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HOPPING THE DREADED BUCKING LOG


Hey Lee,

First of all, congratulations on the twins, man!

I found your site and got your book near the beginning of summer. I’ve only been mountain biking for about 4 years, but I have improved tremendously this summer with your help! I’m no where near an expert, but I’m really enjoying the new found flow.

Anyways, this is probably a MTB 101 question. There are plenty of “large” logs on the trail. I haven’t dialed in a good bunny hop, so “large” is any log I can’t hop. At first I walked these. Later, I bashed the chain ring over them. Now, I can pull a quick manual, compress down when the front wheel is on the log, and hop enough to get the back wheel on the log (without bashing the chain ring – woo-hoo!).

To do that, I have to slow down and I decided that was ruining my flow. So, I decided to attempt it a bit faster. I kept getting bucked until one flipped me over the bars…

What is the technique for these “big” logs? How can I hit them faster without cramping my flow?

If you ever need advice on changing dirty diapers, please feel free to ask ;) Braaaap!

Thank you sincerely,

– Eric








Hey Eric, or should I call you Grasshopper?

It sounds like you are progressing nicely through the getting-over-stuff sequence, which goes something like this:

1. Learn to lift the front end.

2. Learn to lift the back end.

3. Lift the front end then the back end. This gets you over little stuff.

4. Lift the front end onto the top of the thing, then lift your back end over. That’s where you are.

5. Rock a real, live bunny hop. That’s next.

Stepping up to the hop

To evolve from Step 4 to 5, practice rocking back into a lazy manual then, when the rear wheel is extra-heavy, popping upward off the rear wheel. This kung fu requires a few elements:

1. Dialed timing. Take it slower than you think. Start your movements sooner than you think.

2. Broad range of motion. You need to move on that bike.

3. Power. When it’s time to compress your rear end, do it like you mean it! ***If you can’t leap two feet upward without your bike, you will never make it with your bike!***

If you have MMBS, study the sequence of Curtis Keene hopping a log on page 83. That guy is pretty good. Watch how early his movements begin and how long it takes to generate the hop fu. Here:










From Mastering Mountain Bike Skills. Click for big.

Hopping the dreaded bucking log

Before you leap over the dreaded bucking log, you MUST dial smaller logs at slower speeds. Gradually step up the size and the speed—independently. You can (and should) practice this in your neighborhood.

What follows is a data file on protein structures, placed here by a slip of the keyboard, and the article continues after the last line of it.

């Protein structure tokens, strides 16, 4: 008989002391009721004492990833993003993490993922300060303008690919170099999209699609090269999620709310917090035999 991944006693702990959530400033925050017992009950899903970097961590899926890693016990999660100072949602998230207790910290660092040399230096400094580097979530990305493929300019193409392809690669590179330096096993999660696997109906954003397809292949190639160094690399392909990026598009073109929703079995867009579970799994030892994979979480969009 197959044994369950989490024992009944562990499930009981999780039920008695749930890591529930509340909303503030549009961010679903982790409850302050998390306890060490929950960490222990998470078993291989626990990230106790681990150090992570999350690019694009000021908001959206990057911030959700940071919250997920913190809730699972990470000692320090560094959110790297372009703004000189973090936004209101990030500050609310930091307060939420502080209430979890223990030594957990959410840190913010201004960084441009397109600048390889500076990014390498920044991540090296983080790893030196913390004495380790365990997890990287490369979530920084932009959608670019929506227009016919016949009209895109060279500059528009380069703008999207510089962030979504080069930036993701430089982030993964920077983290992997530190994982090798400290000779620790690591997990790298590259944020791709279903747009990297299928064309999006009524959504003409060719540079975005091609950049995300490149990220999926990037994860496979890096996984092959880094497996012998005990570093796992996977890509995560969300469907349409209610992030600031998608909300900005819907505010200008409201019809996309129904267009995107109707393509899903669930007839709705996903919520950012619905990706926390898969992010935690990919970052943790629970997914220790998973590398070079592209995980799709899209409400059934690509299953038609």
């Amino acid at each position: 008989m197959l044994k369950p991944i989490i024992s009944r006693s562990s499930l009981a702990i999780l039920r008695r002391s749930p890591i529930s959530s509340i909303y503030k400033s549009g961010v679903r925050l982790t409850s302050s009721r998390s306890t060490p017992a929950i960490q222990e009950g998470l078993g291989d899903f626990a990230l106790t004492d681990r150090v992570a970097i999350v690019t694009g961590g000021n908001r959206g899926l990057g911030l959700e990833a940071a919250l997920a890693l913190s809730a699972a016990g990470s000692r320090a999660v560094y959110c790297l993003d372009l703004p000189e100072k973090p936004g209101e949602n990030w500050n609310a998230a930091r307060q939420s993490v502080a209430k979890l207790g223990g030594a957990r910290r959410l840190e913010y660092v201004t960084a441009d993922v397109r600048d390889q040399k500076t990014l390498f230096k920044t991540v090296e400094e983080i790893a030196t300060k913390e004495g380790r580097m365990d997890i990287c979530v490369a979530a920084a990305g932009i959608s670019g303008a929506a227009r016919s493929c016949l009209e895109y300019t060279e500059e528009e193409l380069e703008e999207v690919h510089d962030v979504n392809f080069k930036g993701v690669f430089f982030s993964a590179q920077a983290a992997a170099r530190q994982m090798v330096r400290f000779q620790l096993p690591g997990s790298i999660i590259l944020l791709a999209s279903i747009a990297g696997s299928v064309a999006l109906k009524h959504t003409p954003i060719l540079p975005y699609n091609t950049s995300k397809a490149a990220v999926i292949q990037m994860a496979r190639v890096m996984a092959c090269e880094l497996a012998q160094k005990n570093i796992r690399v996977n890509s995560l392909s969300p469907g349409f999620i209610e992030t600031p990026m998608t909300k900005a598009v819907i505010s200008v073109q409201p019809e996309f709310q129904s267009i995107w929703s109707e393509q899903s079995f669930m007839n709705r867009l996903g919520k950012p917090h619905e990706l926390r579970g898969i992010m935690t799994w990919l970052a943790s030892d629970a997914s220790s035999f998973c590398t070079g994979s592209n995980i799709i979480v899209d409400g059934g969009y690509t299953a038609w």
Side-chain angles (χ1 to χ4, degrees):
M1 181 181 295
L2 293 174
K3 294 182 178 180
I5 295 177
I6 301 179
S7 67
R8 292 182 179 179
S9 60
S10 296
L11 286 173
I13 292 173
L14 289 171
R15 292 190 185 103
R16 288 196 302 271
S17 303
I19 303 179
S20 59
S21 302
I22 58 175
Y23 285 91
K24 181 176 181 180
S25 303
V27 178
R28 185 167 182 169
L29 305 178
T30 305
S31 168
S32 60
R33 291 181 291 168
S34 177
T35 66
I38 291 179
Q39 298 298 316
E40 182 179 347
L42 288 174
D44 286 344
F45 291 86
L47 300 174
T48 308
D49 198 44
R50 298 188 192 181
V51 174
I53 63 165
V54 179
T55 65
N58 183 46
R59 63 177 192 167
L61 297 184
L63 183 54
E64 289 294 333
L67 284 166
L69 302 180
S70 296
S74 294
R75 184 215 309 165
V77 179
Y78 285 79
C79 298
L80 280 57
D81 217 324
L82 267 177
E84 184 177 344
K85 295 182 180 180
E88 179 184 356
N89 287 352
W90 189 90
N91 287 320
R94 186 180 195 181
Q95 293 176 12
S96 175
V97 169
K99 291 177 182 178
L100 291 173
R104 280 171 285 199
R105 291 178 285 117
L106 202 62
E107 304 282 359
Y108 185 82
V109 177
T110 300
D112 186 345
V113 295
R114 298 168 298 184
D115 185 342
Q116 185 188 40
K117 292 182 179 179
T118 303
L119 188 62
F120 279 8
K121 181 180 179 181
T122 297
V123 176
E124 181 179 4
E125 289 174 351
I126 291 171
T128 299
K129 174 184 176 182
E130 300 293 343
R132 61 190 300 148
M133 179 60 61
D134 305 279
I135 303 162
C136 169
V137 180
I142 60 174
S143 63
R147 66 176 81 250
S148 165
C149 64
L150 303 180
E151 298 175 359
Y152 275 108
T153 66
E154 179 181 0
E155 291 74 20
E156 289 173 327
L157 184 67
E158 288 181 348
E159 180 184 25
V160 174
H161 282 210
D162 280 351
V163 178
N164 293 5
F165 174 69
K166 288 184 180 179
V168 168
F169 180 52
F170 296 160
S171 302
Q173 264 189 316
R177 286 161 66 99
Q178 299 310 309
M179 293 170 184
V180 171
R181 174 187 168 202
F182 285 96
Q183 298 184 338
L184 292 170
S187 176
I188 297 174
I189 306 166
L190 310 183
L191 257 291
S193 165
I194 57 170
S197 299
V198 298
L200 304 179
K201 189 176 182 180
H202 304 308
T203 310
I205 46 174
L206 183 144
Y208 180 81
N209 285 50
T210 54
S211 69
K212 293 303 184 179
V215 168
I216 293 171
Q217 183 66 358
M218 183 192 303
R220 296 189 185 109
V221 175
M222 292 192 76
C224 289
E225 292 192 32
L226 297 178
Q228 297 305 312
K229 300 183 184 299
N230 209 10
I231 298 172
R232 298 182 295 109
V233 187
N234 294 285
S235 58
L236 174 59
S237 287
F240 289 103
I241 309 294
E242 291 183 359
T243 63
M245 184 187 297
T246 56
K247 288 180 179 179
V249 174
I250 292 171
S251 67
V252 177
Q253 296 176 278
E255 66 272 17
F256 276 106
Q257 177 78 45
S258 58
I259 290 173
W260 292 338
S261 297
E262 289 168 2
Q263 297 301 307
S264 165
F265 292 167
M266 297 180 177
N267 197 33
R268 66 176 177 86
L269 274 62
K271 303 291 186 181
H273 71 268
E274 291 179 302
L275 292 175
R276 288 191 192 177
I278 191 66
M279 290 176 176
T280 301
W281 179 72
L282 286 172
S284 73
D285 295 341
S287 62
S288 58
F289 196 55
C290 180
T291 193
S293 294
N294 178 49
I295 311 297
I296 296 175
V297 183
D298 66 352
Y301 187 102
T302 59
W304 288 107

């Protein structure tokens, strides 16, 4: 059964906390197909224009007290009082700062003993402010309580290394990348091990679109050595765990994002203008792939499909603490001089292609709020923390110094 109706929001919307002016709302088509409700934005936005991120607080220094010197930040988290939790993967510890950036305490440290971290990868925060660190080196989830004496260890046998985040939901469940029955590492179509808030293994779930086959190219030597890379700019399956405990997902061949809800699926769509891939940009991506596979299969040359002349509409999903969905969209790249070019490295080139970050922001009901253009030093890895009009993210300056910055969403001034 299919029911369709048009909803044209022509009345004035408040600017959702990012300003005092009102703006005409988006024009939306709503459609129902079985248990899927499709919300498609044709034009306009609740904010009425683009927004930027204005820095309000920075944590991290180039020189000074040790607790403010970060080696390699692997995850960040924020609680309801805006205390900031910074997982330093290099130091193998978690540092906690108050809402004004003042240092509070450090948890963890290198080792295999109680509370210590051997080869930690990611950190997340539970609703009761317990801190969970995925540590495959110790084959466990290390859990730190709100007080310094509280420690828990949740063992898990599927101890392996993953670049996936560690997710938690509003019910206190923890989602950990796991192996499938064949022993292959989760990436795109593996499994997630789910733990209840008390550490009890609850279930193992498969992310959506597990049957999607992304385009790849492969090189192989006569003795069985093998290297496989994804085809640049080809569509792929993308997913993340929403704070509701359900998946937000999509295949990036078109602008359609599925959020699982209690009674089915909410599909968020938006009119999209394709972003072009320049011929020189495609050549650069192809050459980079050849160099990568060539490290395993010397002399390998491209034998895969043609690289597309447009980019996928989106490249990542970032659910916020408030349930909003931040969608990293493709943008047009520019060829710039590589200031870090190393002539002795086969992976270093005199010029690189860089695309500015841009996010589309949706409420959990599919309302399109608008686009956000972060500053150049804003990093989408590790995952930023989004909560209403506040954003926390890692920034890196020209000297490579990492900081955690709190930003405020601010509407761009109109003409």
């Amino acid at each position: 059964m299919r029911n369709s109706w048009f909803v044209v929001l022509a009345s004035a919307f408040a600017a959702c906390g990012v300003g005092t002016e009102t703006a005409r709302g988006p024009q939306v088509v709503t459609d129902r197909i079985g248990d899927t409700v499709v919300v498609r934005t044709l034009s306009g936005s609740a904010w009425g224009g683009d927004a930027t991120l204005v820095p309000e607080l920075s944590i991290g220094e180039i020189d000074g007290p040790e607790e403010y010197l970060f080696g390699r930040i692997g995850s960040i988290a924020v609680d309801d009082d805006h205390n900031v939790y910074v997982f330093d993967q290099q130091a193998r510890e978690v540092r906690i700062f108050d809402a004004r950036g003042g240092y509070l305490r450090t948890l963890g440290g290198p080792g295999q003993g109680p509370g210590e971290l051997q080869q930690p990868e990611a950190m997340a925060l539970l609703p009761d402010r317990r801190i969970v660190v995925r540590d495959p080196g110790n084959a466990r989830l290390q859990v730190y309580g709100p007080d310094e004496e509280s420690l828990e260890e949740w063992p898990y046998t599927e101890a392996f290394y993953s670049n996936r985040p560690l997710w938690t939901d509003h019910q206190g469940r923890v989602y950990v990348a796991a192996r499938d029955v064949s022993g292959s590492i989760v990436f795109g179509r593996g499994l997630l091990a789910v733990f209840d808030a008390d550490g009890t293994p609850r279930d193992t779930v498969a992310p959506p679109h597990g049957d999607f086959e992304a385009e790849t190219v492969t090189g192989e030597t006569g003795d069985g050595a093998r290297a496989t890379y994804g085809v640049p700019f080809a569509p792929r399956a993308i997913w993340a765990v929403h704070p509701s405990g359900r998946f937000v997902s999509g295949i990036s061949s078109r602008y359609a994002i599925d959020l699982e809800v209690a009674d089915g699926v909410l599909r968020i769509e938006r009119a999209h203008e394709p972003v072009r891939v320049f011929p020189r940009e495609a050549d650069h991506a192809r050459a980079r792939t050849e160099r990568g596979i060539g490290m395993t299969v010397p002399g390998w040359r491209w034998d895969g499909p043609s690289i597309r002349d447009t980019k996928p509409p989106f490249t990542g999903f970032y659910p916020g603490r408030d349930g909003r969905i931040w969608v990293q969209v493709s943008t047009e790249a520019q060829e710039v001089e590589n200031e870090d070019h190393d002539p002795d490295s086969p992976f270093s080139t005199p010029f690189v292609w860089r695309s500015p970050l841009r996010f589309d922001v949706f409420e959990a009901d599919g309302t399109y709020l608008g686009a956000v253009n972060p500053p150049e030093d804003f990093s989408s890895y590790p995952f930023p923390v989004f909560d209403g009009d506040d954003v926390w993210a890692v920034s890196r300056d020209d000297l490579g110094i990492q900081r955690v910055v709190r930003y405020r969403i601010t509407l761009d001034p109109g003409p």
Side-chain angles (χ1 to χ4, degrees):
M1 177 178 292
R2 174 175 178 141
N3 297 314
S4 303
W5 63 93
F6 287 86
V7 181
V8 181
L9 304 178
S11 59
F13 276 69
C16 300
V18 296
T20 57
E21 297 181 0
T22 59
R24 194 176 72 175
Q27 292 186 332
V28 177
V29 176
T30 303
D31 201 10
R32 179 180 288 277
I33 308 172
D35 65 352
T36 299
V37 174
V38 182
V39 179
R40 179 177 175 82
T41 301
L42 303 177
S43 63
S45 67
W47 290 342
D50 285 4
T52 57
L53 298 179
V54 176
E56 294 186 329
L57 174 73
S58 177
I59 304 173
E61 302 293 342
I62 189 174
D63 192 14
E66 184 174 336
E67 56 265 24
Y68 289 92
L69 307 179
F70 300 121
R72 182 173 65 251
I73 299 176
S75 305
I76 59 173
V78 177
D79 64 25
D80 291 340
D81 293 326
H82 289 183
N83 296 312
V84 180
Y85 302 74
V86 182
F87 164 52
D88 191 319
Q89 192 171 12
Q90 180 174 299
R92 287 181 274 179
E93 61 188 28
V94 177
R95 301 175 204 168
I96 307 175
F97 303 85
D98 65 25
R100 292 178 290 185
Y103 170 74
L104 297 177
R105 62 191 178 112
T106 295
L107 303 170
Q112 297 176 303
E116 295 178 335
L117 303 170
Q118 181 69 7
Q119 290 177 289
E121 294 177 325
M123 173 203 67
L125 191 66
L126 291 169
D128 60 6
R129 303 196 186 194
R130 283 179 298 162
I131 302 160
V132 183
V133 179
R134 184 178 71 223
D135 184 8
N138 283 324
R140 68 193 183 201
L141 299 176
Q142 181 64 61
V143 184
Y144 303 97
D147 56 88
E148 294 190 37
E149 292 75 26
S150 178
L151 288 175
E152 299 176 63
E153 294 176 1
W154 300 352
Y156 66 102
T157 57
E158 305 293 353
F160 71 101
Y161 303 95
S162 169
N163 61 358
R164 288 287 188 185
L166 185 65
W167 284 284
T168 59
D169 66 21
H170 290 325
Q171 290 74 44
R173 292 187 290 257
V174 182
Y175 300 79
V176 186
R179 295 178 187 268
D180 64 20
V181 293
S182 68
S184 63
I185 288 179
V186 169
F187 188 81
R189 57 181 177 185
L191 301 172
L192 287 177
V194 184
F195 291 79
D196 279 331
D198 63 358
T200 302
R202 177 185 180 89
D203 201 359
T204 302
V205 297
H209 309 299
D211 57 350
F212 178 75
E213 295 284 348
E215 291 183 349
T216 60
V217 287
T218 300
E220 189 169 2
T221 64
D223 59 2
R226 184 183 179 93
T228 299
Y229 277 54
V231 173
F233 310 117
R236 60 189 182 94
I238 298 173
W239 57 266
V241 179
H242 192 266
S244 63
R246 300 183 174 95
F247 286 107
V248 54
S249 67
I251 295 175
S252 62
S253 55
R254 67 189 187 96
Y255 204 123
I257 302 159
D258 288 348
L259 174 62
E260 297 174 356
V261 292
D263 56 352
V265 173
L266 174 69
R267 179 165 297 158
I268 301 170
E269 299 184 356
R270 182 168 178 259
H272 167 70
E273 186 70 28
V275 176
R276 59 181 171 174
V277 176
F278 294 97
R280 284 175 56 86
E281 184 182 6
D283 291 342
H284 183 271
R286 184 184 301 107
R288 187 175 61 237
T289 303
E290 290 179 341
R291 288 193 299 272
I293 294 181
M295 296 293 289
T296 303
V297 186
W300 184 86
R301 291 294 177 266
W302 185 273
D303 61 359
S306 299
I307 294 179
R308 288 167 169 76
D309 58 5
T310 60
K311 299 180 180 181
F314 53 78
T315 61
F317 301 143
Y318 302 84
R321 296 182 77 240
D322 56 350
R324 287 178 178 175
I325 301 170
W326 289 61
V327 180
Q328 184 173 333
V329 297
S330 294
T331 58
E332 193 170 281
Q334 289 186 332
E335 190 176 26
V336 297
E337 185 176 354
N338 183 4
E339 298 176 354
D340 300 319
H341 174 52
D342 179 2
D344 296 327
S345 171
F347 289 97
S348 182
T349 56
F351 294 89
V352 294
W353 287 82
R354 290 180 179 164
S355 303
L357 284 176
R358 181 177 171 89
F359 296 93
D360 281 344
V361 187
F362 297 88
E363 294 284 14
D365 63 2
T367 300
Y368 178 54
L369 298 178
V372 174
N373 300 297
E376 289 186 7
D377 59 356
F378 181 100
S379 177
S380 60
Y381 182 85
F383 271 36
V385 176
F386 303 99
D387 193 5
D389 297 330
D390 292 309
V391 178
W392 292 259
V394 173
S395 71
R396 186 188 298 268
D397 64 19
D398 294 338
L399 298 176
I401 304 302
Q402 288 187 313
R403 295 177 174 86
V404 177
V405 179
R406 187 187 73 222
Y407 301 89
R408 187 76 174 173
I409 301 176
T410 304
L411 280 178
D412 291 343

Remember:

1: You need adequate height and

2. You need the right timing. If you’re going fast, that hop has to start sooner than you think—say 20+ feet before the log. If you hop too late, you will clip your rear wheel and get bucked. But you already know that.

Here’s an awesome hop

Check out this 2.6MB video of Zach Lewis. His timing and form are basically perfect. And his pink wrist band … just precious.










Click the image for hot video action. Go frame by frame and watch Zach’s range of motion and timing.

Also read: Turn my bunny hops into rabbit hops

Dirty diapers

—Lee


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October 8, 2009 : Posted In: Ask Lee,Skills/training : Comments (4)

4 Comments

  1. Eric Says October 9, 2009 @ 1:17 pm

    You are the man, Lee!

    I re-read the “Hop and Jump” chapter again after reading your post. I never realized how much you emphasized compressing down on the rear of the bike. I think I’ll revisit “2. Learn to lift the back end” and really work on compressing down.

    I appreciate the advice!!


  2. leelikesbikes Says October 9, 2009 @ 1:20 pm

    Right on!

    When we were shooting hops for MMBSii, I discovered I was bottoming my Stumpy when I pre-loaded.

    Push hard


  3. Simcik Says October 9, 2009 @ 3:29 pm

    The more you preload/compress prior to your hop, the higher you can go. Watch a trials rider move from a rear tire stall onto things. Check it out on youtube. Their height for their leap is big, but their compression into the ground is amazing!

    Compression, extension, compression, extension

    compress to load the bike, extend to lift the bike, compress to pull the bike upwards further and make yourself smaller thus making you higher, extension to absorb the landing so its nice, quiet, and smooth


  4. Lee Likes Bikes Pingback September 2, 2010 @ 12:28 pm

    [...] wrote a while back asking advice about hopping the dreaded bucking log. I’m still having some timing issues to get a solid bunny hop going, but after picking up [...]


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